- Institute of Supply Management’s (ISM) Report on Business Manufacturing Index for December 2015, which was also released as this commentary was being published
- November 2015 factory shipments and orders report
- December 2015 employment report, and specifically the job count in the manufacturing sector
Our analysis of 2016 “surprises” discusses lower-probability, but high-impact events that may unfold over the course of 2016. While no one can predict the future, the surest way to build a surprise-resistant investment plan is to take the time to consider all potential outcomes. Thinking through all possibilities, even those that may not be the most probable, can help investors understand how different scenarios may play out, and allow them to see the warning signs that may indicate a shift is ahead. With this in mind, we explore potential surprises that could impact markets in 2016…
The long anticipated sustained rise in interest rates has failed to materialize over the past several years. Is 2016 the year? Market-based estimates of future interest rates are low, but a pickup in inflation, better economic data, or both could easily lift those expectations and bond yields along with them….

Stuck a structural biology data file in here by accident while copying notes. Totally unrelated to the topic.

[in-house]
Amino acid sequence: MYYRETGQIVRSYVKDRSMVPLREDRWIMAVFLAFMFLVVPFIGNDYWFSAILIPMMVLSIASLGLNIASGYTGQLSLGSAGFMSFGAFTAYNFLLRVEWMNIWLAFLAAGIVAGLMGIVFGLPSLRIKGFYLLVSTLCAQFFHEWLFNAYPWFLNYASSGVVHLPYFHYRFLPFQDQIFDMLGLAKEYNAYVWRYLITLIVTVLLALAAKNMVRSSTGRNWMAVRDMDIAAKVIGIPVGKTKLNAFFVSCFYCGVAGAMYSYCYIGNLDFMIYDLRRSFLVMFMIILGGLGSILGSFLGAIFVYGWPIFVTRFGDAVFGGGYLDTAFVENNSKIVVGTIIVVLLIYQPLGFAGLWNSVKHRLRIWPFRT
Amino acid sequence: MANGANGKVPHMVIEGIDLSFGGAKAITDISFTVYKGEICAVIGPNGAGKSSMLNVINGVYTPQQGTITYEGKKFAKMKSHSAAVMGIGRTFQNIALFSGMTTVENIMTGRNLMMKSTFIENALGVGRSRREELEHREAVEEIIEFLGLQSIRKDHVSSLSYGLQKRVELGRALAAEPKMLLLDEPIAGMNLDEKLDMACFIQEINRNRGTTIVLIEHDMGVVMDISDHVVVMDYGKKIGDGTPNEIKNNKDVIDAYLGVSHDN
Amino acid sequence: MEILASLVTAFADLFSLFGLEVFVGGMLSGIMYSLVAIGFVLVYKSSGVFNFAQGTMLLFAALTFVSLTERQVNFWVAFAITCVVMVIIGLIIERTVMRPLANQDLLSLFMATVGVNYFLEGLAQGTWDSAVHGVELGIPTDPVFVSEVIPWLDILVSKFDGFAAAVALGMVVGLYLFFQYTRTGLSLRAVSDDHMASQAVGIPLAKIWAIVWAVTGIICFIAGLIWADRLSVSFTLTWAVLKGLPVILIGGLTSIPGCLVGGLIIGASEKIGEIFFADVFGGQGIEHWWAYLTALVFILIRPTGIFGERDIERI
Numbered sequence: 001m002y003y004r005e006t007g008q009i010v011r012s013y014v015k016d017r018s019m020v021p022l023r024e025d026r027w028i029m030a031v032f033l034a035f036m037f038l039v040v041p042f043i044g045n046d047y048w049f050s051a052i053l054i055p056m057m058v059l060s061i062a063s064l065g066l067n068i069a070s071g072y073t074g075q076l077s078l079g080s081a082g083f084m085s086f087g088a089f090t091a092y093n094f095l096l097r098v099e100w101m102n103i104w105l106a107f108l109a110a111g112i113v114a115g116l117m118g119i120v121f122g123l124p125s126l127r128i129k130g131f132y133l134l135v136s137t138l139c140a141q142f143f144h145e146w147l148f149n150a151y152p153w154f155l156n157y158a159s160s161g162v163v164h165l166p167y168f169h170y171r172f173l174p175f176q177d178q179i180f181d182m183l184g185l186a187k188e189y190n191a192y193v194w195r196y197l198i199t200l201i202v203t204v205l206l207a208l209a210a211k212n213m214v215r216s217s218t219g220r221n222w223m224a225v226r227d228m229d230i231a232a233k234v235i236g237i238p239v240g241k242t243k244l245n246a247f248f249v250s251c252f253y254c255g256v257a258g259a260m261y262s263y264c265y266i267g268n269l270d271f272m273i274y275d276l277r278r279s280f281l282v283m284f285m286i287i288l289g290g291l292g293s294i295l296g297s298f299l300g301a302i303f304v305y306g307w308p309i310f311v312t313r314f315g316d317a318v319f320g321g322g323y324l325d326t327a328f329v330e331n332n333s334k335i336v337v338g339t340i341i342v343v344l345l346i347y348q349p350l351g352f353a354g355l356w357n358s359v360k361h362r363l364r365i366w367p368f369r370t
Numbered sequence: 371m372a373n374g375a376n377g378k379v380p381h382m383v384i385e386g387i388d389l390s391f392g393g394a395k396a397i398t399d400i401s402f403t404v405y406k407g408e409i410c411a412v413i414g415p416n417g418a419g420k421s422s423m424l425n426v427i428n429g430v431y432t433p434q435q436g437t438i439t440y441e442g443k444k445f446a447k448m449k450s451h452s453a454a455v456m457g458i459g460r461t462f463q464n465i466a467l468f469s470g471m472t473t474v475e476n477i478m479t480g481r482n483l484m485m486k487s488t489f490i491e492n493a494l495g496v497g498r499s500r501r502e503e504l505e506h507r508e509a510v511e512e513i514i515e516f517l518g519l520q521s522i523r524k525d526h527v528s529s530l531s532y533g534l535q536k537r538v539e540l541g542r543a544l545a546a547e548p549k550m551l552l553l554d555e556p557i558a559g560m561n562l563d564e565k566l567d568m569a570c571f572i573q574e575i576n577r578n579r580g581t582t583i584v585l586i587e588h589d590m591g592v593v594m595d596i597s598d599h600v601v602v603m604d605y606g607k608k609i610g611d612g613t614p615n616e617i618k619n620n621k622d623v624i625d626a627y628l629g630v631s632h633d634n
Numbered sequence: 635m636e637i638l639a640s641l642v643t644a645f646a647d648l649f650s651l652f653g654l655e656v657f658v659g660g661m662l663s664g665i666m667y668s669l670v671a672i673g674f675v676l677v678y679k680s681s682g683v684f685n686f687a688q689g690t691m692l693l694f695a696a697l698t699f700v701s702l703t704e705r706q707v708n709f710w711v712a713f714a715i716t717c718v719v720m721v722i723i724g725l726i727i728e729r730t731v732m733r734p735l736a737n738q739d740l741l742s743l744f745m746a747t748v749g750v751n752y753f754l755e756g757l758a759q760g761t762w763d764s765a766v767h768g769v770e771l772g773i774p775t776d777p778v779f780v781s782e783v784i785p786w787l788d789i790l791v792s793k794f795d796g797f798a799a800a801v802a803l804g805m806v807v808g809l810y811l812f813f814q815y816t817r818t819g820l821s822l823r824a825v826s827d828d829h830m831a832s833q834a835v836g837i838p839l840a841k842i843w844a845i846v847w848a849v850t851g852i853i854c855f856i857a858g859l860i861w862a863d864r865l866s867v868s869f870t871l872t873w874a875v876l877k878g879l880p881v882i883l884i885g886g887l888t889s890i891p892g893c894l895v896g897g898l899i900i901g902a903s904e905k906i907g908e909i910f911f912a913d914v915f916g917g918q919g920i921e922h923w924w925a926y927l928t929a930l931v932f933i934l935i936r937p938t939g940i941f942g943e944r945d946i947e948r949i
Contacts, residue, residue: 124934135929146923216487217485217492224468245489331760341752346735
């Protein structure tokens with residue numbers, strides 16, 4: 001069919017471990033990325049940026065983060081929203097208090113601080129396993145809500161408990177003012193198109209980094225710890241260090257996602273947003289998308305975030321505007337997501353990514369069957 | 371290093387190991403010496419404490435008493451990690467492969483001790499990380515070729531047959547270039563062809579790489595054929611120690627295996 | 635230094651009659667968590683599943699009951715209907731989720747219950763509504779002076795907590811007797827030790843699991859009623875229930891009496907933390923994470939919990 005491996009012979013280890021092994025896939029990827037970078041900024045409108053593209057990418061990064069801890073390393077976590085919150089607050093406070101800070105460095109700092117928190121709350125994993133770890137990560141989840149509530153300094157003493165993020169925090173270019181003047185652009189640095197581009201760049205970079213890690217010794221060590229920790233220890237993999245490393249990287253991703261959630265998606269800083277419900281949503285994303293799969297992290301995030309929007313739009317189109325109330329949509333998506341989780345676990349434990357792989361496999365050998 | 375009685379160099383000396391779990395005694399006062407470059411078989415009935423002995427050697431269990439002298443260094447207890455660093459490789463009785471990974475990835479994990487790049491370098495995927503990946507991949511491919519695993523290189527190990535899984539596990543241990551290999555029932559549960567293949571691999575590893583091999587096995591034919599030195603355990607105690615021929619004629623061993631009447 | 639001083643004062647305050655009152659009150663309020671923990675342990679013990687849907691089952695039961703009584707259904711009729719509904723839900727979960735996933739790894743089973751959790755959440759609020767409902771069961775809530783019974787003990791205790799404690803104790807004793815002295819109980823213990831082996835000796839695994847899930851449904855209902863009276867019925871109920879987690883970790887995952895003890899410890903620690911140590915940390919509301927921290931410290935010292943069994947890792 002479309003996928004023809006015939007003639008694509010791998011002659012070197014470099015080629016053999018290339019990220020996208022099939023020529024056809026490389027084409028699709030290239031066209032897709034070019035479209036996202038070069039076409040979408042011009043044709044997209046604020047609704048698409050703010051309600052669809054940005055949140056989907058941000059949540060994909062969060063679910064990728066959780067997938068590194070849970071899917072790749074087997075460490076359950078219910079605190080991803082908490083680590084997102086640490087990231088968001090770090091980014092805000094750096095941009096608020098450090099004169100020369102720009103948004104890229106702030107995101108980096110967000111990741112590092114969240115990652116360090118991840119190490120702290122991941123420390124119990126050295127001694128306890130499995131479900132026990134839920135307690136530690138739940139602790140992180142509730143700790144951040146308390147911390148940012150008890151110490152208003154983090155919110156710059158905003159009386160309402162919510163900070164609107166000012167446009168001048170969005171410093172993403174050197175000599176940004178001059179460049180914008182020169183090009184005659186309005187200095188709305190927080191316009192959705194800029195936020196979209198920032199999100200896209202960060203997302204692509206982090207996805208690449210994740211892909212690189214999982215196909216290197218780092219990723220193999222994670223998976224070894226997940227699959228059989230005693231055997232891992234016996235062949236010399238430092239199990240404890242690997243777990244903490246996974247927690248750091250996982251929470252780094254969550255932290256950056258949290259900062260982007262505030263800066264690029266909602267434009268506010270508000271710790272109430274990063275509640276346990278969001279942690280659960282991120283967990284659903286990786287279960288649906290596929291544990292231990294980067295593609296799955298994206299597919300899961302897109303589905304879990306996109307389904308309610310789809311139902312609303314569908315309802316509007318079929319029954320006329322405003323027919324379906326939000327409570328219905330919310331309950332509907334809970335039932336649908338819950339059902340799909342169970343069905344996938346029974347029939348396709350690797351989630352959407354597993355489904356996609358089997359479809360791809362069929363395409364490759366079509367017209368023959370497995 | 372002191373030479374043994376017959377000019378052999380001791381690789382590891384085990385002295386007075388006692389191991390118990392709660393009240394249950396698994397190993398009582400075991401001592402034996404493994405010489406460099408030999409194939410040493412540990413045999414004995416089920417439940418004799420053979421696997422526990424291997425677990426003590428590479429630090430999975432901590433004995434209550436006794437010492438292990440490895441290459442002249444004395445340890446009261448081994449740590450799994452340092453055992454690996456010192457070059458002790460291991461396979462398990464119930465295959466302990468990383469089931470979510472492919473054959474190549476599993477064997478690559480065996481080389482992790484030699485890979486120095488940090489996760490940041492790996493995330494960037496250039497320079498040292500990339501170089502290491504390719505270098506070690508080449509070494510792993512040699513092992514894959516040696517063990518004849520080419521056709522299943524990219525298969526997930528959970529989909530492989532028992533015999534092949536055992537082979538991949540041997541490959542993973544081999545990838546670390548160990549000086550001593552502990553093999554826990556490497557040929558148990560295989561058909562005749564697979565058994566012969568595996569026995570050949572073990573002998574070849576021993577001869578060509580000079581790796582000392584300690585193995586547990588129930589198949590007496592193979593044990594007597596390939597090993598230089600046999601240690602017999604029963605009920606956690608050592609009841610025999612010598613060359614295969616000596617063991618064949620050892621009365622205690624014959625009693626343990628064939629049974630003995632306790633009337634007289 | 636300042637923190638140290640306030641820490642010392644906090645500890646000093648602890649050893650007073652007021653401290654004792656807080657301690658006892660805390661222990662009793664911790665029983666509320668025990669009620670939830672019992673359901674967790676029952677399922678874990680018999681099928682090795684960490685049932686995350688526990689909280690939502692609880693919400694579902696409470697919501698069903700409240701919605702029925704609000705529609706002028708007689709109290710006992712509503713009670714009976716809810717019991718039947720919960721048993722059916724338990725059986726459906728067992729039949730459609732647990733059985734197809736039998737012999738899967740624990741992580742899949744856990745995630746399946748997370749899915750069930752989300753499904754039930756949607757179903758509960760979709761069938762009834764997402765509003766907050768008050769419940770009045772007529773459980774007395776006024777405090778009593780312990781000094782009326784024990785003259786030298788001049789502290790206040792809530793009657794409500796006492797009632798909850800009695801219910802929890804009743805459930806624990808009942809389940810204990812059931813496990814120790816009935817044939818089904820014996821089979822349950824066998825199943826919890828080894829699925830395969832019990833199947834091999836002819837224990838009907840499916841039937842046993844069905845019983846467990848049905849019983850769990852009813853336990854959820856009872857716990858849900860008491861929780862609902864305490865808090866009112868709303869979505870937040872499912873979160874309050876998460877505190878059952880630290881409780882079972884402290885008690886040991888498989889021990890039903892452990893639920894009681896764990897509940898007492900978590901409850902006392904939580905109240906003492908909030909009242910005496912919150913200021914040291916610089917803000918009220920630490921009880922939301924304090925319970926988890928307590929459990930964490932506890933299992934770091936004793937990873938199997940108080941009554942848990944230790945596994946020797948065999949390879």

This week’s commentary features content from LPL Research’s Outlook 2016: Embrace the Routine. Gains in 2016 may require tolerance for volatility. Stocks historically have offered a tradeoff of higher return for higher risk, the gain of more upside than high-quality bonds versus the pain of market volatility and losses. For the last few years, U.S. stock markets provided below-average pain, while still providing strong returns. Between October 2011 and July 2015, the S&P 500 Index went nearly four years without a “correction” of more than 10%, while climbing an average of 20% a year. Although we expect average returns for stocks in 2016, the path to reach them will be anything but routine. LPL Research expects stocks to produce mid-singledigit returns for the S&P 500, consistent with historical mid-to-late economic cycle performance, driven by mid- to high-single-digit earnings and a largely stable price-to-earnings ratio (PE). This return to a more normal market may mean more volatility, challenging investors’ ability to stay focused on their goals.
HOW IS 2016 SHAPING UP?